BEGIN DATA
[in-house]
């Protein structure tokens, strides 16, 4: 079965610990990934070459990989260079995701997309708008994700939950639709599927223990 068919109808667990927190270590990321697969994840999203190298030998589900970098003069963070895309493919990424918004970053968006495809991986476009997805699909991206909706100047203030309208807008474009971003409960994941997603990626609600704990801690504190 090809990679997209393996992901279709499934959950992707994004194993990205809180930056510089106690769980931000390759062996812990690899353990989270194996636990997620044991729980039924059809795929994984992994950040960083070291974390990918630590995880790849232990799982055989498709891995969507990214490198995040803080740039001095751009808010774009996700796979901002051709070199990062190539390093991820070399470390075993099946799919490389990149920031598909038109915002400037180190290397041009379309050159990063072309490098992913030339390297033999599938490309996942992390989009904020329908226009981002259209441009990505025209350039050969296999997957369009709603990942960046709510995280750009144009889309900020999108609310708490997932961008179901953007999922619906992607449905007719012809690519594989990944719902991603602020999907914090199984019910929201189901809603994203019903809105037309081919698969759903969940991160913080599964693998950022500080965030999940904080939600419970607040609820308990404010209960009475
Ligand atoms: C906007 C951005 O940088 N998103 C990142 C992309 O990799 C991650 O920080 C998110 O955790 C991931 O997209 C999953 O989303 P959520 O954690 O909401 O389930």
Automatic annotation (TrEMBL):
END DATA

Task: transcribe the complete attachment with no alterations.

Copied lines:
[in-house]
């Protein structure tokens, strides 16, 4: 079965610990990934070459990989260079995701997309708008994700939950639709599927223990 068919109808667990927190270590990321697969994840999203190298030998589900970098003069963070895309493919990424918004970053968006495809991986476009997805699909991206909706100047203030309208807008474009971003409960994941997603990626609600704990801690504190 090809990679997209393996992901279709499934959950992707994004194993990205809180930056510089106690769980931000390759062996812990690899353990989270194996636990997620044991729980039924059809795929994984992994950040960083070291974390990918630590995880790849232990799982055989498709891995969507990214490198995040803080740039001095751009808010774009996700796979901002051709070199990062190539390093991820070399470390075993099946799919490389990149920031598909038109915002400037180190290397041009379309050159990063072309490098992913030339390297033999599938490309996942992390989009904020329908226009981002259209441009990505025209350039050969296999997957369009709603990942960046709510995280750009144009889309900020999108609310708490997932961008179901953007999922619906992607449905007719012809690519594989990944719902991603602020999907914090199984019910929201189901809603994203019903809105037309081919698969759903969940991160913080599964693998950022500080965030999940904080939600419970607040609820308990404010209960009475
Ligand atoms: C906007 C951005 O940088 N998103 C990142 C992309 O990799 C991650 O920080 C998110 O955790 C991931 O997209 C999953 O989303 P959520 O954690 O909401 O389930």
Automatic annotation (TrEMBL):